YOSHIKAI Masato Professor
Research Subject

History of the Warring States Period and Qin and Han dynastiesHistorical relations between China and VietnamHistory of Chinese Historiography and Ethnic Nationalism

Research Fields
China's Southern Borderland, Modern China
Faculty - Division / Research Group / Laboratory
Division of Humanities / Research Group of History / Laboratory of Oriental History
Graduate School - Division / Department / Laboratory
Division of Humanities / Department of History / Laboratory of Oriental History
School - Course / Laboratory
Division of Humanities and Human Sciences / Course of History and Anthropology / Laboratory of Oriental History

Office/Lab: 303
Email: yoshikai(at)let.hokudai.ac.jp
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Foreign exchange students who want to be research students (including Japanese residents) should apply for the designated period in accordance with the “Research Student Application Guidelines”. Even if you send an email directly to the staff, there is no reply.
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Laboratory of Oriental HistoryYOSHIKAI Masato Professor

Turning our eyes to “the resistance”:
The key to understanding issues regarding China lies in the past.

I’m currently involved in research on three categories.

  • The history of the Warring States Period and Qin and Han dynasties, based on my interest in the question of how the movement toward national unity took place on the mainland China
  • Historical relations between China and Vietnam, due to my interest in the question of what separates China from countries elsewhere
  • The history of Chinese historiography and ethnic nationalism, based on my interest in the question of how intellectuals have regarded the history of ancient China and Chinese civilization

These interests of mine derive from my experiences in 1989, when I was a university student. In March, I witnessed the revolt by Tibetans in Lhasa. After returning to Japan in June, I was deeply shocked to watch daily news reports on how a democracy movement in Beijing led by intellectuals and students was being suppressed by the government.
Through these experiences, several questions encouraged me to carry out research on Chinese history as follows:

  • What kinds of social inconsistencies arise in the process of Chinese state formation?
  • How are political system and power created and strengthened to resolve those inconsistencies?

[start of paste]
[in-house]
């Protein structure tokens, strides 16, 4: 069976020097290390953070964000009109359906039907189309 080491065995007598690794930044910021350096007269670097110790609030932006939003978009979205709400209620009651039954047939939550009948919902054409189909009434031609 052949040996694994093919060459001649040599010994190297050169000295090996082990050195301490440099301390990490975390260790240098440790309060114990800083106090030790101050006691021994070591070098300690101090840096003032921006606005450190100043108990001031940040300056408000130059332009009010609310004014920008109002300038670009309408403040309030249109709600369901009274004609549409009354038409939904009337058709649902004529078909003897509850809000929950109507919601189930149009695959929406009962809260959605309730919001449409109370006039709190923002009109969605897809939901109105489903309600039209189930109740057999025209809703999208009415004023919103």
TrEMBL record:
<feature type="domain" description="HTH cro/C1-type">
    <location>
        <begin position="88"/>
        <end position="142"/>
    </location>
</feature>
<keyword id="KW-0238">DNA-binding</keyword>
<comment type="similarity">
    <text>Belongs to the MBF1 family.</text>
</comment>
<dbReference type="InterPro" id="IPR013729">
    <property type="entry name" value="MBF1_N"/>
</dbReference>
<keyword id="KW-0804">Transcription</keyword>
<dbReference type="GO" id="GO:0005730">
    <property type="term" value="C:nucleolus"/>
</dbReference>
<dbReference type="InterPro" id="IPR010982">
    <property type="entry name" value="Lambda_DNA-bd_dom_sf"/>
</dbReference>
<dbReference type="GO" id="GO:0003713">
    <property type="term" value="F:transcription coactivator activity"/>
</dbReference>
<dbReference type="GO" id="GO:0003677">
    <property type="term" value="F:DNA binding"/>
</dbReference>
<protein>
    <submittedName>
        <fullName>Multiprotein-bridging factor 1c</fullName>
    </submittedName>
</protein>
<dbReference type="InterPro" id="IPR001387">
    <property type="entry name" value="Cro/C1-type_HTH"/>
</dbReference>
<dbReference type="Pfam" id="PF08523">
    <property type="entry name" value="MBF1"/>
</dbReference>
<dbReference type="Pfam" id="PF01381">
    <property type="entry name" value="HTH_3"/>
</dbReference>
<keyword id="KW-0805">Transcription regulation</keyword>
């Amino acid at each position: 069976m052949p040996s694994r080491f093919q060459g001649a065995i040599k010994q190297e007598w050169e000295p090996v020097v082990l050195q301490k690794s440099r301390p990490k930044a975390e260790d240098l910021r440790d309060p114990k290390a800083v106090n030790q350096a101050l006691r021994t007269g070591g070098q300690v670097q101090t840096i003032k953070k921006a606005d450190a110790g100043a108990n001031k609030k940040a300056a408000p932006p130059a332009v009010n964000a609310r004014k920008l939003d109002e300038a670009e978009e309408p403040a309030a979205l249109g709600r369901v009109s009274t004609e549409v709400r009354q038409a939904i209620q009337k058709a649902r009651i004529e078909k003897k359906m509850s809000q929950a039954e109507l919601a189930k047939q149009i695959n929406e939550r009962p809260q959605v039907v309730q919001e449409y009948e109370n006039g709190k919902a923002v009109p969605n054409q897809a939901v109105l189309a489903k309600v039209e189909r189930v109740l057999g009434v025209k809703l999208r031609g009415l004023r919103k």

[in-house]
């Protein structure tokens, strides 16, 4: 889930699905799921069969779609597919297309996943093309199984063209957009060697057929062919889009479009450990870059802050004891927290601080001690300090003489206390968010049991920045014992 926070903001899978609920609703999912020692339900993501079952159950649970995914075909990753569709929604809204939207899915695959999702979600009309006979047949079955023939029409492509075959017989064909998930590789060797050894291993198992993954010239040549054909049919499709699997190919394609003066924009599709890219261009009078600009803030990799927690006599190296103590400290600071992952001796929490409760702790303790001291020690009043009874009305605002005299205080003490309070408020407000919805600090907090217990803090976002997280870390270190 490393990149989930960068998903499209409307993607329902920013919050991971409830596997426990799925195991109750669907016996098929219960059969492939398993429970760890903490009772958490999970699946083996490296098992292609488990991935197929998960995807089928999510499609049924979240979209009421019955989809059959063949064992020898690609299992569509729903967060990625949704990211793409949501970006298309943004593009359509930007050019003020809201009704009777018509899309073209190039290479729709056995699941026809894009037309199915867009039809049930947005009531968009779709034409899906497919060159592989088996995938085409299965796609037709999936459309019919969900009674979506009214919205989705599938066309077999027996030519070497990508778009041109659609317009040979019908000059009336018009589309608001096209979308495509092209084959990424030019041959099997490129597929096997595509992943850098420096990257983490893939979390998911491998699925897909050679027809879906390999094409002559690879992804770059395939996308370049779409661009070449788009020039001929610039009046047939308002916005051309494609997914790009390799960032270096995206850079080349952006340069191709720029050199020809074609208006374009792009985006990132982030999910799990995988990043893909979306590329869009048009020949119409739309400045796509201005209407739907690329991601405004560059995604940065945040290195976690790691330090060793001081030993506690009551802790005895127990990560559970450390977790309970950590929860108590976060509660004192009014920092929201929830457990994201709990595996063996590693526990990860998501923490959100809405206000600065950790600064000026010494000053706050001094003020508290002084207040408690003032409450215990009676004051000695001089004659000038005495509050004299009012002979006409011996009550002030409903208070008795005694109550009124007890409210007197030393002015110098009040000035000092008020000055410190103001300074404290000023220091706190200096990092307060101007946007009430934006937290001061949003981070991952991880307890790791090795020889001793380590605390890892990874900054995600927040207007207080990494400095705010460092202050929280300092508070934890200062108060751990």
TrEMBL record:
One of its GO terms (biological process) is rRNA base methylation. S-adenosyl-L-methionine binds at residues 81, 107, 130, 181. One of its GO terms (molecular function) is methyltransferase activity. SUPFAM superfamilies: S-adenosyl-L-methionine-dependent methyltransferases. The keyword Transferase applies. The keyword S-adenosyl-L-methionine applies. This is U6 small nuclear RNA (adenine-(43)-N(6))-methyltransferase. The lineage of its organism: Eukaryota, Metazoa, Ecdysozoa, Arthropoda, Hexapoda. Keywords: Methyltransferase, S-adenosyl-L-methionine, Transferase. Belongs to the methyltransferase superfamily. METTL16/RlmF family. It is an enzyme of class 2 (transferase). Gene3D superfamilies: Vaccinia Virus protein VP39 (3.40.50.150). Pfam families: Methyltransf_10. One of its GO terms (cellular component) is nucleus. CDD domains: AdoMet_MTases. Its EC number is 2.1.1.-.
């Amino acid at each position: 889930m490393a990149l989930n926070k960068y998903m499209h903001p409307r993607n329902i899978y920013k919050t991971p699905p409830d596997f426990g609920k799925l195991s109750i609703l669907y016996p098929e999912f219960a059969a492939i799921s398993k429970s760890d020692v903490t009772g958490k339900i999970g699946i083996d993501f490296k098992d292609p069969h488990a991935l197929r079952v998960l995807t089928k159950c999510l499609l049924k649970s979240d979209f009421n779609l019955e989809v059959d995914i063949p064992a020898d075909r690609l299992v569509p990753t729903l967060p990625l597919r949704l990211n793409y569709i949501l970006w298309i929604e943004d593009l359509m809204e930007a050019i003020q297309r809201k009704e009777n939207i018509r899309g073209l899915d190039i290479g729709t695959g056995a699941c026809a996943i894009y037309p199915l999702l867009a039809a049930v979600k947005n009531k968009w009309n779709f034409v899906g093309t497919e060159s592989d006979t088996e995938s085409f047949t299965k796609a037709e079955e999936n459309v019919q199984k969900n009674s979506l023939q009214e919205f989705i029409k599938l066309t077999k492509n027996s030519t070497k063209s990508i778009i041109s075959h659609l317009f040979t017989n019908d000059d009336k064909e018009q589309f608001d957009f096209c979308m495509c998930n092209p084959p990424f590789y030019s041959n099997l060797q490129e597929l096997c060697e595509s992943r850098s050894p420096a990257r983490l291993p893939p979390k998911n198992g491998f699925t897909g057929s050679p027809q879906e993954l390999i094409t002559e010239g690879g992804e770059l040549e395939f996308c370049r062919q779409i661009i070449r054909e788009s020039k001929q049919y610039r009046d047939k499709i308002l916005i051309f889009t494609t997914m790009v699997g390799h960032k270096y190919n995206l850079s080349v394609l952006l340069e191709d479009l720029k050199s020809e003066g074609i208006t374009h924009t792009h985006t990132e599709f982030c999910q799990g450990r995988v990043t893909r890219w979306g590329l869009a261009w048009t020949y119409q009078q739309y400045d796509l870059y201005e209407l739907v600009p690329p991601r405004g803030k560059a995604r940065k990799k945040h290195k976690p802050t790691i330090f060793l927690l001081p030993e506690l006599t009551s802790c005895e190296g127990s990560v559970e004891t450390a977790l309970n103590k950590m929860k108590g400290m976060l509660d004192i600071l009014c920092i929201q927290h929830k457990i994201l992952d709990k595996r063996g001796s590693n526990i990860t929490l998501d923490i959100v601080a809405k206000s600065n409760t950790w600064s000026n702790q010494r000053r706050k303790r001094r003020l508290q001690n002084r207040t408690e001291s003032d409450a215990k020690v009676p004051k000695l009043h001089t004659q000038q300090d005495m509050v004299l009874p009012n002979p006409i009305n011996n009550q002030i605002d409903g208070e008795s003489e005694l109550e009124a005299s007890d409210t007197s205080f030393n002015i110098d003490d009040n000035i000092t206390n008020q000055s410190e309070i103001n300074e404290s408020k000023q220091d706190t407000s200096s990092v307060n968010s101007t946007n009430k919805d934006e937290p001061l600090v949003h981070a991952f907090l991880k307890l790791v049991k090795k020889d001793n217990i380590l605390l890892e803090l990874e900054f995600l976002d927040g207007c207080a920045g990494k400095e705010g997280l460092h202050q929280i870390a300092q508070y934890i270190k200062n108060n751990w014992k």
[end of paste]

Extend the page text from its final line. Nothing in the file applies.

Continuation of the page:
• How were different regions unified or eliminated to form the framework of the present China?
  • How have intellectuals in China understood the past and built a bridge between past and present?

You might think I should research present-day China rather than its history to meet my interests. My answer is as follows: it’s from the history specific to China that present-day China derives, and the present also exists in a stream of historical change. Acting as a bridge between past and present is historical study. So that, we really welcome not only the students who absolutely love ancient heroes and dynasties, but also the students who want to study Chinese history just because of an interest in present-day China.

Old and new political spaces in China: The Forbidden City of Qing emperor and the National Congress Hall of the People’s Republic of China in Beijing
Bronze statue of Zhao Tuo, a king of Nan-yue during Han dynasty (Shijiazhuang, Hebei Province)

Perspectives from Hokkaido serve as great incentives for understanding and interpreting China and Chinese history.

Hokkaido, which is far from the center of Japan, is a unique place where researchers are allowed to freely develop their thinking and gain a better insight. As a specialist who researches the history of southern China, where lots of Non-Han Chinese ethnic groups live, it was a windfall harvest to be able to gain a new perspective on the ethnohistory of Hokkaido as a basis for comparative study. I’m quite sure that students who come to our university to study Chinese history also should gain a huge harvest in Hokkaido.